Forwarding engine 225 receives the forwarding key from pre-classifier 210. Forwarding engine 225 provides for the reception, processing and forwarding of packets. Particularly, forwarding engine 225 looks up the forwarding key in a routing table to find a second index to memory 230 that will provide the instructions for the route for the packet. Forwarding engine 225 also indicates through the index and memory 230 a code which indicates to CPU 250 how the packet is to be edited.

Memory 230 receives an index generated by classifier 220 and the second index generated by forwarding engine 225. Each index is a pointer to the location of a program stored in memory 230. Memory 230 uses the two indexes to output two programs corresponding to the packet. Memory 230 transmits the program to CPU 250 for packet editing.

CPU 250 is a general purpose programmed computer that manages the overall operation of a networking hardware machine 140 in cooperation with other components of network 100 of which the respective networking hardware machine 140 is a part. In one embodiment, CPU 250 includes a multitude of packet editors (not shown) that process received packets.

FIG. 3 is a flow diagram of one embodiment for the operation of a packet classification and editing process. At processing block 310, a packet is received at networking hardware machine 140. At processing block 320, a classification key and a forwarding key are extracted from the packet at pre-classifier 210.

At processing block 330, the classification and forwarding keys are received at classifier 220 and forwarding engine 225, respectively. As described above, classifier 220 determines the priority of the packet, while forwarding engine 225 determines where the packet is to be transmitted.

At processing block 340, two indexes corresponding to the packet is received by memory 230 from classifier 220 and forwarding engine 225. At processing block 350, memory 230 transmits a program corresponding to the packet to CPU 250. At processing block 360, the packet is edited at a packet editor within CPU 350.

Removing the pre-classification and classification functions from the CPU enables packet editors within the CPU to only have to perform limited tasks, and thus operate more efficiently. No waiting at a packet editor is required since all of the data is available to a packet editor when it begins to execute instructions.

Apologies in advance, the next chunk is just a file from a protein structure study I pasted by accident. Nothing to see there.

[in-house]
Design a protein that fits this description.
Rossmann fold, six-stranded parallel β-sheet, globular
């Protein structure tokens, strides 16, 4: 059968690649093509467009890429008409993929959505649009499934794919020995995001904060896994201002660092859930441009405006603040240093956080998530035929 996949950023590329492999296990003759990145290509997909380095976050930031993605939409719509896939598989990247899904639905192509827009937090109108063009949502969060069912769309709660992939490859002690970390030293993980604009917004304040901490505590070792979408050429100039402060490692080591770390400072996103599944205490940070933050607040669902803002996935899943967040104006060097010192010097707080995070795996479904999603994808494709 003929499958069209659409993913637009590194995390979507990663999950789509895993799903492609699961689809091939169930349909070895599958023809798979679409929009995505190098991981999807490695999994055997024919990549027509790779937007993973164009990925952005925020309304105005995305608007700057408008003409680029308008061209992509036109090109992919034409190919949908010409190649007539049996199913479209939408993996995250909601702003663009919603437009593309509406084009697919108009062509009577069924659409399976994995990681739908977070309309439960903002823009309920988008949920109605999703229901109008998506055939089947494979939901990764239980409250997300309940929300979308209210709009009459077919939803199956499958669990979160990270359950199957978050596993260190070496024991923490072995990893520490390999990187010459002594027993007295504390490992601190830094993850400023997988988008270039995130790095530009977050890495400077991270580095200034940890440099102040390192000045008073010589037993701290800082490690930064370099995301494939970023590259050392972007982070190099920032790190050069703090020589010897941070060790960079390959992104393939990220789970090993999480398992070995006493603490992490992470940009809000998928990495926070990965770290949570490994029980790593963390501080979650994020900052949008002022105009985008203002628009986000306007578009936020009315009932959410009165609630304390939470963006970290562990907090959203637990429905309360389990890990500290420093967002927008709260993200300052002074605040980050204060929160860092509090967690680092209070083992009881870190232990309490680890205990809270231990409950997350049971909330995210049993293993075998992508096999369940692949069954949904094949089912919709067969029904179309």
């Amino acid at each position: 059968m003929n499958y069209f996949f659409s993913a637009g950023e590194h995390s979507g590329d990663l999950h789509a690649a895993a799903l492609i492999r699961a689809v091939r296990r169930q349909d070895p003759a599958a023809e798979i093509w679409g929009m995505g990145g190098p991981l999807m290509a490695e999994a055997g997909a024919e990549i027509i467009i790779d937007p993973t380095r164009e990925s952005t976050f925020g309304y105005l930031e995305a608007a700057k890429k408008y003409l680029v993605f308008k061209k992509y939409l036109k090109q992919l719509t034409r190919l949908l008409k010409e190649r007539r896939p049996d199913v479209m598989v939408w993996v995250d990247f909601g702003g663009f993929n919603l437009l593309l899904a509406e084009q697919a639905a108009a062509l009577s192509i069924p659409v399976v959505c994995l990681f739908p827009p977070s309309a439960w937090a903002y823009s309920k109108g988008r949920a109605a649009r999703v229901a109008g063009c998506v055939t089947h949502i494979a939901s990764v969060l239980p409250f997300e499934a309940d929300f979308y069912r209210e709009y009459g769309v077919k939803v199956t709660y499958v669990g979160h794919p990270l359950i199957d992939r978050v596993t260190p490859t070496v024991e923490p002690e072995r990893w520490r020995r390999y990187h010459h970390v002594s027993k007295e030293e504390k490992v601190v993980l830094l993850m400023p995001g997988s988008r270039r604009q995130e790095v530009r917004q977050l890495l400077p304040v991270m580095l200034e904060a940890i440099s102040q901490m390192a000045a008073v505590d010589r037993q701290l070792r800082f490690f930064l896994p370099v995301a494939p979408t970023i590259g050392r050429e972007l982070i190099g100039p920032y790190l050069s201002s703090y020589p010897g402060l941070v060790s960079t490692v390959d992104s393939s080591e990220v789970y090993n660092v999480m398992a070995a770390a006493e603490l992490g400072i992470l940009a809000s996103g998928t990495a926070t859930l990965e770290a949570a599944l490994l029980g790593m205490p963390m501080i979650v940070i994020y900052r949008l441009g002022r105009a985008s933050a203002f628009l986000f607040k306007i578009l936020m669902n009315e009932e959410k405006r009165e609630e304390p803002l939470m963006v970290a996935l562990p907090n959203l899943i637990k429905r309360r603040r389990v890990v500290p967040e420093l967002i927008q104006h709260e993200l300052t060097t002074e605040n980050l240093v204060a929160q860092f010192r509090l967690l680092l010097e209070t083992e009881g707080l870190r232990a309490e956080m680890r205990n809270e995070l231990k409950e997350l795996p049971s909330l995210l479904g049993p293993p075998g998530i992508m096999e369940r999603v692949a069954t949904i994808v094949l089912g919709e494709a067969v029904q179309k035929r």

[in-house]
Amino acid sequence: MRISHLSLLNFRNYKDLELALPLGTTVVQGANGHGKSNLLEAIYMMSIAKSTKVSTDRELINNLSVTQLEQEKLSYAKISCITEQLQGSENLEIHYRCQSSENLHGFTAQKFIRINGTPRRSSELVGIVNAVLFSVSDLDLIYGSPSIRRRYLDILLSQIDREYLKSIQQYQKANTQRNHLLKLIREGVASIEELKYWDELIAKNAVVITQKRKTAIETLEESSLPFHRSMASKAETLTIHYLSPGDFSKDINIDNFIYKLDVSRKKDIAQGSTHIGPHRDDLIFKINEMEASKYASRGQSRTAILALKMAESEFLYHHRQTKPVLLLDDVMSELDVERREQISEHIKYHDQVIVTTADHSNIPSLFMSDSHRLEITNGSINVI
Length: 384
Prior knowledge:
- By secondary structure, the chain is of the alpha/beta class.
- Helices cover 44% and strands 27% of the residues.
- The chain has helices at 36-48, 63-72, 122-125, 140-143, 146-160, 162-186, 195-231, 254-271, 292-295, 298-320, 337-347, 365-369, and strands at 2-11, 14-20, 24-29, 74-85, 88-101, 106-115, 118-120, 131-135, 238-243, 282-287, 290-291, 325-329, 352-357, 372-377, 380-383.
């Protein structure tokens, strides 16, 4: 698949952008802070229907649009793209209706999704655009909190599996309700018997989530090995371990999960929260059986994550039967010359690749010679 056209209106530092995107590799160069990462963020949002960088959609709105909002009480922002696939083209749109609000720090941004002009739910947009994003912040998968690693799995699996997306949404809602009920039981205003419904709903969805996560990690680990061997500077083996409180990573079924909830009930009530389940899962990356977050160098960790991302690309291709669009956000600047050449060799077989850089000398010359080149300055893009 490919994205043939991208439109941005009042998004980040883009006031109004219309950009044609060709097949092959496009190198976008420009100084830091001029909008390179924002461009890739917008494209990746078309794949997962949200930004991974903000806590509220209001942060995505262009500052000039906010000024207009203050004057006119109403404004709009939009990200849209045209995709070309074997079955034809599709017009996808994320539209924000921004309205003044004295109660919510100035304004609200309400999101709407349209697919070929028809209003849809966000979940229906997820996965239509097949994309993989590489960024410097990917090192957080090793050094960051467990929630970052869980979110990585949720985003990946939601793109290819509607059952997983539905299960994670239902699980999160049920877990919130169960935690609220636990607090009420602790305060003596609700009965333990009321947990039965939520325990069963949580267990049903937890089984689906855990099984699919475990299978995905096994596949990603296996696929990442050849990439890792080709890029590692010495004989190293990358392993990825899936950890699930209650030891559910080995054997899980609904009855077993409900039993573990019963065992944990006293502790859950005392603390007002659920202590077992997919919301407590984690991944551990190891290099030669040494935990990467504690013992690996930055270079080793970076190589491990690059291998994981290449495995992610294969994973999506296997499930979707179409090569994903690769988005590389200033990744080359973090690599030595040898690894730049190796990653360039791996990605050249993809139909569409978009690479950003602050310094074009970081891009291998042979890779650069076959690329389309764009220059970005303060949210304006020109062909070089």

In addition, multiple cycles are not wasted in the CPU as it parses though multiple compare statements when it receives a new packet before it can then jump to the appropriate processing routine. Moreover, if it is necessary to provide additional services for the networking hardware machine, a new line in the pre-classifier may be added, as well as another location in memory 230. No other component needs to be modified. Consequently, it is not necessary to shut down the networking hardware machine upon adding new services. This provides “Hitless Software Upgrades.”

Further, if there are errors in a particular packet program, the problems will only be observable whenever the particular type of packet is received, no other packets will be affected. Therefore, the system may be debugged while in operation.

Whereas many alterations and modifications of the present invention will no doubt become apparent to a person of ordinary skill in the art after having read the foregoing description, it is to be understood that any particular embodiment shown and described by way of illustration is in no way intended to be considered limiting. Therefore, references to details of various embodiments are not intended to limit the scope of the claims which in themselves recite only those features regarded as the invention.

Claims

1. A network hardware machine, comprising:

a central process unit (CPU) that processes data packets received at the network hardware machine;
a classifier, coupled to the CPU, that classifies the packets prior to the packets being received at the CPU, wherein the classifier provides an index to a memory device external to the classifier and the CPU, the index containing instructions for the CPU as to how the packet is to be edited;
a pre-classifier, coupled to the classifier, that extracts a classifier key and a forwarding key from packets received at the network hardware machine;